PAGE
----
Bats have the distinction of being the only mammal that can fly, but they are also frequently misunderstood, feared, and even vilified. Bats are fascinating creatures that do not deserve a bad rep. They serve essential functions in environments across the globe; yet nearly a fifth of all bat species are considered critically endangered, endangered, or vulnerable.
Bats need our protection, and it is illegal to harm or kill a bat, even when it is in your home. If you discover or suspect you have one bat or a whole colony in your house, contact experts who are trained in humane bat removal. Bats can be a threat to human health, so removal is essential. However, it is critical to keep them safe in the process because bat populations around the world are facing multiple threats to survival.
Why Are Bats in Trouble?
Bats live in a variety of habitats and most countries. The only locations where you won’t find any bat species are Antarctica, the Arctic, and a few islands in Oceana. Though widespread, they are in trouble. Their biggest threats include:
- Habitat loss
- Climate change
- White-nose syndrome
- Wind farms
In addition, the bushmeat trade, mining, and human persecution also play a role.
Different bat species live in different types of ecosystems, but many can be found in caves, forests, and mines. The places that bats prefer are diminishing either in size or quality. Deforestation is a common cause of habitat destruction. As forests are cleared for timber, agriculture, or urbanization, the bats that called the forest home lose the habitat they rely on to survive. Environmental degradation and fragmentation are two other sources of habitat loss.
Climate change is a major global issue threatening the survival of plants and animals worldwide. For bats, climate change can lead to detrimental changes in food availability and their annual life cycles. Fluctuations in seasonal temperature patterns can cause hibernating bats to leave the roost too soon and migrating bats to move too early or too late.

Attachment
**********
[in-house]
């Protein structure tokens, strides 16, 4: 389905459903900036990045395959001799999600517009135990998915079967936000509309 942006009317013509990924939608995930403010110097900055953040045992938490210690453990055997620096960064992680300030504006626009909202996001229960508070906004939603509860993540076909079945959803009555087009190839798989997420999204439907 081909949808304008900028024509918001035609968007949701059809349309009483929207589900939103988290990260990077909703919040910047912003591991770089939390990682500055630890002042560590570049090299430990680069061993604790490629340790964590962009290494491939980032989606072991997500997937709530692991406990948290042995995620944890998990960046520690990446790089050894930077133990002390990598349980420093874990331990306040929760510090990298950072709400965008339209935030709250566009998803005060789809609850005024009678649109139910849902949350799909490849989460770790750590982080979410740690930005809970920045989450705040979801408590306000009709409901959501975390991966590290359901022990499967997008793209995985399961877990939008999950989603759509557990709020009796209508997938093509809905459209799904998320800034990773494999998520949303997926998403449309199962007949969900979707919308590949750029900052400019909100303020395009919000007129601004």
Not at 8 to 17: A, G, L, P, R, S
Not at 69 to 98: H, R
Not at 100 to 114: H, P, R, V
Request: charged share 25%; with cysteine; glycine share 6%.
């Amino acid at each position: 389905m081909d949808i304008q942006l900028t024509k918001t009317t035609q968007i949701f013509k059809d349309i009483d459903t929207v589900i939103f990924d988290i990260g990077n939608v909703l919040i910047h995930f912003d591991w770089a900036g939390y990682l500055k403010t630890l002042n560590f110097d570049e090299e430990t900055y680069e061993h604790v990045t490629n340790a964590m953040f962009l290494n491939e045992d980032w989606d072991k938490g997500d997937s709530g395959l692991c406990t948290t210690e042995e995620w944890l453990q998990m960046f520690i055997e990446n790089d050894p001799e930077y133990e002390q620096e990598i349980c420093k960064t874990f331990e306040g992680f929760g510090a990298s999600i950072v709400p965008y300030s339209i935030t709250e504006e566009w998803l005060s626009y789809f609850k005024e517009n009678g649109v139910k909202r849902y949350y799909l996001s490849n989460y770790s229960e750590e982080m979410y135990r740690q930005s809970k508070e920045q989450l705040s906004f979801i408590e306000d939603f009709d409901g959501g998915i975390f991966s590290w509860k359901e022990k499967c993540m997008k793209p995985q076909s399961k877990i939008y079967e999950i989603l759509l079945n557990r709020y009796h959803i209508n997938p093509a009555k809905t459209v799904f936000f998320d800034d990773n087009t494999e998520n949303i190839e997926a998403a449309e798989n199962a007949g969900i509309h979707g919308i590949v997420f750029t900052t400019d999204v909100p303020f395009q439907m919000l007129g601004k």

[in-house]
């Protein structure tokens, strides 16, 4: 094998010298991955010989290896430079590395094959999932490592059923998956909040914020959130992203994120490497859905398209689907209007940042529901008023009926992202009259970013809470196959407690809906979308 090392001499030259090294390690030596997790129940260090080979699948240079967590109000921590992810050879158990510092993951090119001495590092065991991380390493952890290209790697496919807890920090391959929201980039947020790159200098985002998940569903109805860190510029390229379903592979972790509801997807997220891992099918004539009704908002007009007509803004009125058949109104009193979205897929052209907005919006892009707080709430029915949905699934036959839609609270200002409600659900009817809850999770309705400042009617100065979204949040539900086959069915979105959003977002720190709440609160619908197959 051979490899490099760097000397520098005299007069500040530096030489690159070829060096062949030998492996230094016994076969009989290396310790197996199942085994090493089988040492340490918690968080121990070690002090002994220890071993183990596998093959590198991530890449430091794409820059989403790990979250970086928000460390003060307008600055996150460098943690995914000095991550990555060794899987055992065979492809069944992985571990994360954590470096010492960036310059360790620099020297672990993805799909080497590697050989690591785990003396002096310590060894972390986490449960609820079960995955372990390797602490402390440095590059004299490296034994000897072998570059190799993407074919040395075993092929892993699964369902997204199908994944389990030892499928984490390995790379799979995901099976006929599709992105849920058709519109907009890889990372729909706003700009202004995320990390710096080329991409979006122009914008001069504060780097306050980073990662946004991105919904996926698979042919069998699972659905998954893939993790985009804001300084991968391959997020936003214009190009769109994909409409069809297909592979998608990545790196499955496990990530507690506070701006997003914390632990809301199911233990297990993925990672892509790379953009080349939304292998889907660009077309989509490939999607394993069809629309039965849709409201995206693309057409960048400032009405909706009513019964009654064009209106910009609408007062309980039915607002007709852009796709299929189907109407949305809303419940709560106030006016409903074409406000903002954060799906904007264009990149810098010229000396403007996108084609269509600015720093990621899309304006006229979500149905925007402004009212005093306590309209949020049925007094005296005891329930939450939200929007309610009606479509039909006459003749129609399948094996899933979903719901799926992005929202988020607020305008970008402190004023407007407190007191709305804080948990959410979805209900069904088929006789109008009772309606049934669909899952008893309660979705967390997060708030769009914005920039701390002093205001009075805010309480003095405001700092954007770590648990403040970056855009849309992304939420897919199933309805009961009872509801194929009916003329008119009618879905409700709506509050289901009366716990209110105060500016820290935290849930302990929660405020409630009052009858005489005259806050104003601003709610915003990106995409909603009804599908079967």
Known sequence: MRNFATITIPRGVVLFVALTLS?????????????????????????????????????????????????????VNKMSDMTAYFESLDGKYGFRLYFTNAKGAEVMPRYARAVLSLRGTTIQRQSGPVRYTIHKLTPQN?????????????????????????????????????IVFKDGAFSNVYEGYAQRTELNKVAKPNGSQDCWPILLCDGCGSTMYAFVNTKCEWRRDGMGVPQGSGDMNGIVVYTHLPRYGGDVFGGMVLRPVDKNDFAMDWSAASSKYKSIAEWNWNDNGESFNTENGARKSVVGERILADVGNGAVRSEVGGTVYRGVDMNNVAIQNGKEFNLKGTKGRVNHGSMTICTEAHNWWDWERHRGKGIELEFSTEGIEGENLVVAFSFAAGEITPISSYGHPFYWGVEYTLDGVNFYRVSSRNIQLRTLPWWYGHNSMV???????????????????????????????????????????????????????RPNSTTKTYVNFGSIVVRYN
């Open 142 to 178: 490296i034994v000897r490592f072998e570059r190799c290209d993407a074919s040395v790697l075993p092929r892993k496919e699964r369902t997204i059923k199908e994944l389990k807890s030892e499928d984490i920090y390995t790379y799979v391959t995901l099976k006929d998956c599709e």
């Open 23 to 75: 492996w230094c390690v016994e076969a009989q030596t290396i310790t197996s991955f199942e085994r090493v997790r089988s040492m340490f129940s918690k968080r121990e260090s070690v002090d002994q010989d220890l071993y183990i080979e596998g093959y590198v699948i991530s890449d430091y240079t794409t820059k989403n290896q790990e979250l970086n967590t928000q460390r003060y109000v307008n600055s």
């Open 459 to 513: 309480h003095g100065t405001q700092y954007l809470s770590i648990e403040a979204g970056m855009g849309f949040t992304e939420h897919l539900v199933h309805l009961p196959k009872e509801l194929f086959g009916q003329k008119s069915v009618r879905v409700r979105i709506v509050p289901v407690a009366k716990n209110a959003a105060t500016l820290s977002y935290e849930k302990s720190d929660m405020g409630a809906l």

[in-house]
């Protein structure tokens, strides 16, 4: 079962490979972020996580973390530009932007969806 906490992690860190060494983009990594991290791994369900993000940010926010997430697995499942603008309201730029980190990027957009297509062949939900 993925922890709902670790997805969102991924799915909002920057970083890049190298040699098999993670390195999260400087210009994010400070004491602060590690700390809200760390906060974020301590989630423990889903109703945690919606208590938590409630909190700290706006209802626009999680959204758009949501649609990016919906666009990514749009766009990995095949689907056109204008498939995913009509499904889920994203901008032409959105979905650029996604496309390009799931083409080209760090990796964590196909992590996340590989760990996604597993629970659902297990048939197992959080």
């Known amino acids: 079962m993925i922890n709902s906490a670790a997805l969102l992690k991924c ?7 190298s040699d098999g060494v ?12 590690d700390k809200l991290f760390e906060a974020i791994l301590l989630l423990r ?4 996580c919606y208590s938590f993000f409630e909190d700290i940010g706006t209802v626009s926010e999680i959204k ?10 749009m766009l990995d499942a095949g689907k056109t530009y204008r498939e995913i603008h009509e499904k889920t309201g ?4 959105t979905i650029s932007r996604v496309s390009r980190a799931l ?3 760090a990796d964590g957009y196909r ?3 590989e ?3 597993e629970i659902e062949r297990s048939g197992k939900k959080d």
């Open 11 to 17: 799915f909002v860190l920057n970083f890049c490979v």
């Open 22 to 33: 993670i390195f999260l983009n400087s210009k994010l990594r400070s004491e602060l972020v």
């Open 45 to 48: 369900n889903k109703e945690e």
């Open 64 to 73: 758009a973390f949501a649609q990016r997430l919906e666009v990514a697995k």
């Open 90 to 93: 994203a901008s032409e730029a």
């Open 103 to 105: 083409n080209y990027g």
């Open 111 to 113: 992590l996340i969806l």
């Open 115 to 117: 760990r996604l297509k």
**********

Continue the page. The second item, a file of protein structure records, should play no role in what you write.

Next to habitat loss and climate change, white-nose syndrome is the biggest threat bats in North America face. This disease affects cave-dwelling bats that hibernate. It is a deadly fungus that was discovered in New York in 2006. Since then, it has killed an estimated almost 7 million bats in North America, decimating entire populations in some areas. Recent research found that the disease has killed over 90% of the little brown bat, the tri-colored bat, and the northern long-eared bat.
An ironic and sad twist in our efforts to slow climate change using alternative energy comes in the impacts wind farms have on bats. Wind turbines seem to cause a high number of bat fatalities, primarily in tree-dwelling bats during the autumn and spring migration periods. Scientists aren’t entirely certain why the bats are dying at wind turbine sites, but it could be from collisions with the blades or because the bats mistake the turbines for trees.
Why Is Saving Bats Important?
Bats are critical for maintaining ecosystem health in environments around the world. They are important pollinators and seed dispersers for multiple plant species. Farmers rely on them to pollinate crops like avocados, bananas, peaches, figs, cashews, and dates.
In the U.S., all of our bats are insectivores. Many people know that they eat mosquitoes. They also eat other insects, such as leafhoppers, moths, and beetles. These insects are detrimental to crops, and bats help keep their numbers under control.
Who Can Help With Humane Wildlife Control in Madison?
Skedaddle’s approach to bat control is to safely and humanely remove them so that they can continue living their bat lives, contributing to Earth’s rich biodiversity, keeping ecosystems healthy, and providing critical help to humans. When you need help with bat removal, contact the experts at Skedaddle Humane Wildlife Control in Madison.